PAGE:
View Full Version : Whats your favorite side dish to go with venison dinner
I know veggies go great with venison... but whats your favorite side dish?
The most wild, crazy, shootin' gal in Mid-Michigan! :)
12-03-2000, 08:08 AM
That depends on how complete the main dish. For example, if I am making a Pot Roast in my Dutch Oven, it has potato's, onions, carrots all included. The only side is some kind of desert.
If I am doing steaks, then roasting ears (when in season) or another form of corn or green beans and rice or potato's (baked).
Venison Sirloin Tips go on either Rice or Noodles. Then a mixed vege or bean dish go well. Again, variety. Often the main dish is served alone (we like venison and try to limit our carbohydrate intake.)
One pot meals in our Dutch Oven generally make up a whole meal - we like to cook-out over the campfire or grill several times per week - even in winter. The best procedure that I have found for outdoor cooking is Keep It Simple.
Also, side dishes depend on the season. In the summer, potato salad, macroni salad, cold baked beans along with a hot entre' off the grill or out of the smoker goes well.
In the winter, hot side dishes go well. Hot biscuits always go well.
So what is your favorite?
Well, you pretty much nailed it on the head SS! :) We do not really grill out in the winter... can you tell me about your dutch oven?
Hey, I grille outside in the winter! It makes for less dishes to have to wash! Hah!
As for my favorite side dish, I suppose beer doesn't count does it. I like homemade bread, hot buttered mushrooms, greenbeans in mushroom soup, hot buttered noodles, hmmmm, come to think of it, I guess anything will work for me! Anything except brussel sprouts, or spinach, that is.
Every time I read this section I get hungry.
12-03-2000, 09:57 PM
Hope that's a shame... I grill all winter. Can't live without it :)
12-04-2000, 05:54 AM
There is one point where I have to agree with Fred Troast. Each time when he ends his show he signs off with "Get out doors. It's a great place to be." I agree. Cook outdoors - it a great way to add new enjoyment to your food preparation - even in the winter. If you cook over a campfire in the winter, you can also keep warm.
As for Dutch Ovens, I have three:
a six inch that I have used for sauces and my main pot for making meatloaf or smoked baked beans - both can be baked in either the grill or over a campfire.
a 10 inch that I use primarily for my wife and I or when we are having one or two other people over. It is my primary pot for using in my stone pit oven and also often used over the campfire.
1 14 inch that I use for parties (in the stone pit oven and as a large frying pan over the campfire), to bake bread (anything that can be baked in a conventional kitchen oven can be baked in a Dutch Oven.)
If you are going to buy one, make sure that you get one made in the USA. (That is not a political comment. The chinese have flooded the market with Dutch Ovens (sold at Meijers and K-Mart) that are thin. They do not absorb heat and distribute it the way a "Lodge" or other US made oven will do.)
If you buy a new one, it needs to be cured (ever notice how splattered grease on your kitchen stove will burn on to a dark black and hard-to-remove crust? That is what you do deliberately to a cast-iron cooking pot - called curing it prevents rust and makes it a non-stick surface.) Instructions for curing will be attached to any new cast-iron cookware.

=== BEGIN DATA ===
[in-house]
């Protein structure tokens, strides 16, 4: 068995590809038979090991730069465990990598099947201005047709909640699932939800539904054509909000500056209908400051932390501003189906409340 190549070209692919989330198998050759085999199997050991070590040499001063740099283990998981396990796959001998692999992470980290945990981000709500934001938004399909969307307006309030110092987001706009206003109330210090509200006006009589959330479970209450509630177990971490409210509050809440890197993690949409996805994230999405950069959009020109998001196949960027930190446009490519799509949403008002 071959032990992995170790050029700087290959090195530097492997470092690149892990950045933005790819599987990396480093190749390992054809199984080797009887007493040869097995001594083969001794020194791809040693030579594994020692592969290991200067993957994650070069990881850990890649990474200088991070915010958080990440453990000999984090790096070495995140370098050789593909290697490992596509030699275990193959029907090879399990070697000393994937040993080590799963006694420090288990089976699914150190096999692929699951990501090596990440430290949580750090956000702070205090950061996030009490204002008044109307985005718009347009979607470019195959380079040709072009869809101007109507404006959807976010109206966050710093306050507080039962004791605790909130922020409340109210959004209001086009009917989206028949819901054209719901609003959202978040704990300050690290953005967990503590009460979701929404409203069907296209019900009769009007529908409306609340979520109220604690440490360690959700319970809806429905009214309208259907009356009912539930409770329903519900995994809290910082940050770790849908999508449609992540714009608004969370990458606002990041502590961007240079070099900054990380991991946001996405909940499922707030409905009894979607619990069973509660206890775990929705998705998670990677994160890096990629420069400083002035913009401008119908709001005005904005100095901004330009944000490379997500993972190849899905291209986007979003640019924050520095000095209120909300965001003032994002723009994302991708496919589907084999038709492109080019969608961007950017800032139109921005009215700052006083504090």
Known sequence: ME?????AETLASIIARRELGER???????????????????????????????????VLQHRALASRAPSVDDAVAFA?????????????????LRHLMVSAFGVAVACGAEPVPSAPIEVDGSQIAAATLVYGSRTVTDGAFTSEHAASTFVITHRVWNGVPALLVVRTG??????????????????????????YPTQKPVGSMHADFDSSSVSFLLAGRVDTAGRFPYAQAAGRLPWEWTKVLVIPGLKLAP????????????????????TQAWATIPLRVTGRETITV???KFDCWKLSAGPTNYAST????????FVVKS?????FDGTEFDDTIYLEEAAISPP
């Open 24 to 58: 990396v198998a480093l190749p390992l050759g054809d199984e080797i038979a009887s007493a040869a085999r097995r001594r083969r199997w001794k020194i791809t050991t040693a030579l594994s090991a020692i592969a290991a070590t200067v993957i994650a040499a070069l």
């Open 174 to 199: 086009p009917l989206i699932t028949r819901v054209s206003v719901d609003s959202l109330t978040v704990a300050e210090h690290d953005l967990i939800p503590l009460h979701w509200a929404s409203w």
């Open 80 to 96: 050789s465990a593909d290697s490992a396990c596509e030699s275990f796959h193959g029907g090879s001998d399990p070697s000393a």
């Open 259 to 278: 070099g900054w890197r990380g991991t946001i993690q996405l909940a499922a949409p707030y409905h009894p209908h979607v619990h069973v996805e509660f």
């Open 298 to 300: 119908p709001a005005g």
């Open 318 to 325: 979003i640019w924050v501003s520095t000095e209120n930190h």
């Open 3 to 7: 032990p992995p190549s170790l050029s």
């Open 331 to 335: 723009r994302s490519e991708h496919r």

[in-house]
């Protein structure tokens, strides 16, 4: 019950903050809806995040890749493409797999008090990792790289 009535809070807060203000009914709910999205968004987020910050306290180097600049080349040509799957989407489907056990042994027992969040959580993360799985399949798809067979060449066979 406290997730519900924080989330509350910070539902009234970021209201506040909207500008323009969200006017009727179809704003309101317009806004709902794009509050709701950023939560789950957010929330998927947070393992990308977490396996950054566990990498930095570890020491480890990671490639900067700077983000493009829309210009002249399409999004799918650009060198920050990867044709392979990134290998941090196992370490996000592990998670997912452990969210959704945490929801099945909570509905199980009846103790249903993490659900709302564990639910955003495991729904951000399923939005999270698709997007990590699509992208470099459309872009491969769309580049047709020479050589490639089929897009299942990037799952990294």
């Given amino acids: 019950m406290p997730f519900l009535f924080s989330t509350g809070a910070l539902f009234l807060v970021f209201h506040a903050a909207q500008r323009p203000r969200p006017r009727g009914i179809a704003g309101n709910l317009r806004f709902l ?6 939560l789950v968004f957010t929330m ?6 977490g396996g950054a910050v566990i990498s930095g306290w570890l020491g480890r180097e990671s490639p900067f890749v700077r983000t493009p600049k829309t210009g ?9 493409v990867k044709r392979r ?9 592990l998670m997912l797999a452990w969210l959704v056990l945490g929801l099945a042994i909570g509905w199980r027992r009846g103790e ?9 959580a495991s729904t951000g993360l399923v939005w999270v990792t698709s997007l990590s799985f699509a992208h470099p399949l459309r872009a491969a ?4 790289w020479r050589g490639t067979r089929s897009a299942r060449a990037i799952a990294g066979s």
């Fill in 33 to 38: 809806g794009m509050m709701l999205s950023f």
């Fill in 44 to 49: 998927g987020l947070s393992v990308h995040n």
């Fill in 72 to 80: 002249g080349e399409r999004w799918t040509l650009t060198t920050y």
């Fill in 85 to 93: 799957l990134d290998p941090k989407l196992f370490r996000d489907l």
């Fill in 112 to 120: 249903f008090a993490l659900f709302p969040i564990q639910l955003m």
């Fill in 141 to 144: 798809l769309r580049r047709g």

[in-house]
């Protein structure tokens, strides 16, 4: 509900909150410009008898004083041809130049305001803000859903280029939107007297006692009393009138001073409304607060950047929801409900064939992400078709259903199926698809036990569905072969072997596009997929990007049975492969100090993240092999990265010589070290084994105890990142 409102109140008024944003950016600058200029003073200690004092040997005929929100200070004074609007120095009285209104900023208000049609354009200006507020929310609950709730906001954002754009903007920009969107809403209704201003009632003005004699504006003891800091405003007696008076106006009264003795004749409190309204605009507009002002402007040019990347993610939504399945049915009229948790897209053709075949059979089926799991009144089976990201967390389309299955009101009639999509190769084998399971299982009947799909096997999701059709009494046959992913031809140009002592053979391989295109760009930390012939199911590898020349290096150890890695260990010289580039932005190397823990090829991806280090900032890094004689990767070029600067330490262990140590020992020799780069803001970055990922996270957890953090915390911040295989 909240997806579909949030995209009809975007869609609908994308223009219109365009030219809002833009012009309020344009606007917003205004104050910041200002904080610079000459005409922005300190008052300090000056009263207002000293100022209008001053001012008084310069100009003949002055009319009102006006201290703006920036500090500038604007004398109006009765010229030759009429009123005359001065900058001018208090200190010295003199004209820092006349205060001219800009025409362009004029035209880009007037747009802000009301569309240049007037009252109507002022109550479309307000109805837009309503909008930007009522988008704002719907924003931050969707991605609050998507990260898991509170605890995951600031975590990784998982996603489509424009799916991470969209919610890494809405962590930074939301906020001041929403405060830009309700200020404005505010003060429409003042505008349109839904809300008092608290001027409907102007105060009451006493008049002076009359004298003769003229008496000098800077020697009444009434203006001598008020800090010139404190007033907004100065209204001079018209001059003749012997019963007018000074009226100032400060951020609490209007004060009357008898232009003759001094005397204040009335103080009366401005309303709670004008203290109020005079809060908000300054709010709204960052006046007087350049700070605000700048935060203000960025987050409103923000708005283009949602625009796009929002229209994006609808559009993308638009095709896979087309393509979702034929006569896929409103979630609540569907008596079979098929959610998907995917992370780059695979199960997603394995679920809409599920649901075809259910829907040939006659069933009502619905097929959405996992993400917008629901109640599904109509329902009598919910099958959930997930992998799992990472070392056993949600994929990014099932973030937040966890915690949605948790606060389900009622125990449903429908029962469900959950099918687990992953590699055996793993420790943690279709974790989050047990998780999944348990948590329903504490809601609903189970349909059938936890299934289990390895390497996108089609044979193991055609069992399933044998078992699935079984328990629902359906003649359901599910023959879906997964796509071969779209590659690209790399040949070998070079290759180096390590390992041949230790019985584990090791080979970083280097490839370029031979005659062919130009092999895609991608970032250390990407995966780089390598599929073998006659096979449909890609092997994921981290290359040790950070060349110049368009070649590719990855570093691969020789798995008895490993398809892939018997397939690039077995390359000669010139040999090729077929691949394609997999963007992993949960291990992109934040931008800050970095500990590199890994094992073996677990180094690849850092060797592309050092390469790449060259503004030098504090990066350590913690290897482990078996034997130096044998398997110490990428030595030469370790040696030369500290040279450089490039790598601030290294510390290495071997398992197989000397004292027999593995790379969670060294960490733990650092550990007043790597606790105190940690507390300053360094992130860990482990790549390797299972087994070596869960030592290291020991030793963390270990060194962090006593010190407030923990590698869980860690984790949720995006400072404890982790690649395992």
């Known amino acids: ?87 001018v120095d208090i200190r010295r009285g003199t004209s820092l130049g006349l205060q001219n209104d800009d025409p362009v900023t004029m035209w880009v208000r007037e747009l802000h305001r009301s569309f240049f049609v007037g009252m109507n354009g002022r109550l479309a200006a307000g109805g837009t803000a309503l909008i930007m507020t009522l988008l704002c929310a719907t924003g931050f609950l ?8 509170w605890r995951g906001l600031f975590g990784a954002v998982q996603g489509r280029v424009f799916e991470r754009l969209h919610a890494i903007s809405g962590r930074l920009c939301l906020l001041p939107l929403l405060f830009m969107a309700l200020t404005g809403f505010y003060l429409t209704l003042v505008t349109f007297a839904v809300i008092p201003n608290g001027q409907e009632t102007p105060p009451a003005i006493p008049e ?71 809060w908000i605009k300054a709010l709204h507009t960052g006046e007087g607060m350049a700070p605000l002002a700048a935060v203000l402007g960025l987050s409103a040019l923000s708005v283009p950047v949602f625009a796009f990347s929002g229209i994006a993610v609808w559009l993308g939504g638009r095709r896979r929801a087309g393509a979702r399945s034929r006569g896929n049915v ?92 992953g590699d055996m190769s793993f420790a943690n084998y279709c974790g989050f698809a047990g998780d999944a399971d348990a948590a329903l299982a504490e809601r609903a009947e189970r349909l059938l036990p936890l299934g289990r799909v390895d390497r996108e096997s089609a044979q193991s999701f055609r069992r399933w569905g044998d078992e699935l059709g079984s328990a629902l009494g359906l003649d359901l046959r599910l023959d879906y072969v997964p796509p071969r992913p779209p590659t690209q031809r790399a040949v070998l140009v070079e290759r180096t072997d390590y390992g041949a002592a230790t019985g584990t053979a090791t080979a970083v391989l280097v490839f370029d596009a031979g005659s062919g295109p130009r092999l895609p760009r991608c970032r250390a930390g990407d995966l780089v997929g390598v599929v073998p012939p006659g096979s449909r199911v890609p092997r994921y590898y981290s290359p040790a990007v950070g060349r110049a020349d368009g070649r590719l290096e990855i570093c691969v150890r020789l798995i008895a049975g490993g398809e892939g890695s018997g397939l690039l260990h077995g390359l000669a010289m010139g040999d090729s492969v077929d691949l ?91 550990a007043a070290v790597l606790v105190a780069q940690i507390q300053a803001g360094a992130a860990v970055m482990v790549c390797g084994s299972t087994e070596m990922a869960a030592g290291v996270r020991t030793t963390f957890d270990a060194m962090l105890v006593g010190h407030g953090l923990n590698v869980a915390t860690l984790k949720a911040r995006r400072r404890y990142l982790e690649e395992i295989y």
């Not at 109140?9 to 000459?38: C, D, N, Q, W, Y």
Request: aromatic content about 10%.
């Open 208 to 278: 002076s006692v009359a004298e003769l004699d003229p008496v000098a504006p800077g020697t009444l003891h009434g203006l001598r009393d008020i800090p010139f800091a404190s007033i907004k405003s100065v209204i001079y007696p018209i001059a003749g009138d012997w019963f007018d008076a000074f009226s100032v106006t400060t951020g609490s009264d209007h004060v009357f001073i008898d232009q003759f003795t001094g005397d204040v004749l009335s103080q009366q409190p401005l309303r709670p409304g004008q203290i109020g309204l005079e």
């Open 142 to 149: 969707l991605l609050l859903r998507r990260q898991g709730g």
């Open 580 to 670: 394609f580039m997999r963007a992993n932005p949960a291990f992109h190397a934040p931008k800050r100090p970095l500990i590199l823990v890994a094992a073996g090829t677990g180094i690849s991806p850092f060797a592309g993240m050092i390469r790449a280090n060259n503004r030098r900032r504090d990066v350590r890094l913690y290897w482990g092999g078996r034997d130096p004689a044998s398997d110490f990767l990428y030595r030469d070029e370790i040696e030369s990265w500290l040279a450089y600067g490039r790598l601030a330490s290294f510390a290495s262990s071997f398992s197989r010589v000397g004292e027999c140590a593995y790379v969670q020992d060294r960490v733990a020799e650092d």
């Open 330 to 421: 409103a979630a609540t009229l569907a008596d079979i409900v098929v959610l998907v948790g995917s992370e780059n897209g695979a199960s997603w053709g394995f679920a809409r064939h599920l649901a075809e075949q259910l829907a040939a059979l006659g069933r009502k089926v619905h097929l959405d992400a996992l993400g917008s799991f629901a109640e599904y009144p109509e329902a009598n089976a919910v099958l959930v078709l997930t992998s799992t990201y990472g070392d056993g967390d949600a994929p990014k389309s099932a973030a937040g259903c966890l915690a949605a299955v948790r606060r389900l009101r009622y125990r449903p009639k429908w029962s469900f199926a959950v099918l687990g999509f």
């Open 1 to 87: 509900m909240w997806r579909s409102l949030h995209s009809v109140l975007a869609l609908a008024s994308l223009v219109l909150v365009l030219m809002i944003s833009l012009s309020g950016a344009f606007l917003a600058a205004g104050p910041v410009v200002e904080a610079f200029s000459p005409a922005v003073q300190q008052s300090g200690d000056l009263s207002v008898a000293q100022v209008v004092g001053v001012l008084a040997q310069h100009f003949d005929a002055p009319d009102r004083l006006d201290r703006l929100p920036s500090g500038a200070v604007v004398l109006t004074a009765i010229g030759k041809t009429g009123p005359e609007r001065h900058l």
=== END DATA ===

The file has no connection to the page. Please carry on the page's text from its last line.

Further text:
I have picked up several black-iron cookware items at garage sales and flea markets. HOWEVER: if you find any from these sources, look them over carefully for cracks, warps, or for "made in china" stamped on the bottom. You may be dissappointed with any of the above.
Erik - you cook AND do dishes?! Lucky wife! :)
12-04-2000, 07:56 AM
See my post in reply to cast iron.
We stir fry vegetables on cast iron on the grill. Simply delicious.
Hope, it's a 50/50 proposition. Of course from where I'm standing it usaully feels like 70/30. But what are you going to do, someone has to do em! Then again, my wife layed linoeleum in the kitchen, while I was fishing the pere marquette. Guess it does even out in the long run!
12-05-2000, 05:49 AM
Erik, It not only evens out, it works better when we do not limit ourselves to predefined roles.
In my case, I like to cook (particularly in my outdoor kitchen). My wife is an avid huntress (particualrly for deer.) The result is that we both do something that we like and end up with excellent food on the table.
12-08-2000, 07:04 PM
A cold Molson !!
>>>--Dave--> Aim Hard
12-09-2000, 07:36 AM
Excellent choice.....goes well with almost any wild game or fish recipe.
William H Bonney
02-25-2003, 12:19 PM
Best side dish? Hmmm,,, this is a easy one,
Fresh shallots or onion
Fresh garlic clove
1 bag of baby red potatoes
( cut anyway you like) they cook easier thinner
1 frying pan
4 splashes of EVOO
Throw the reds in the pan and cook until there done, then salt and pepper to taste.
It doesn't get any better than that fellas! and ladies (Hope) sorry:rolleyes:
02-26-2003, 07:21 AM
From my experience, the main dish is only part of a good meal. The side dish is also very important. No matter how well prepared the entre is, if vegies are overcooked or mushy it detracts from the enjoyment of the meal. Perhaps some discussion about prepring side dishes (in the Others Recipe forum) would be helpful. Any thoughts on this?
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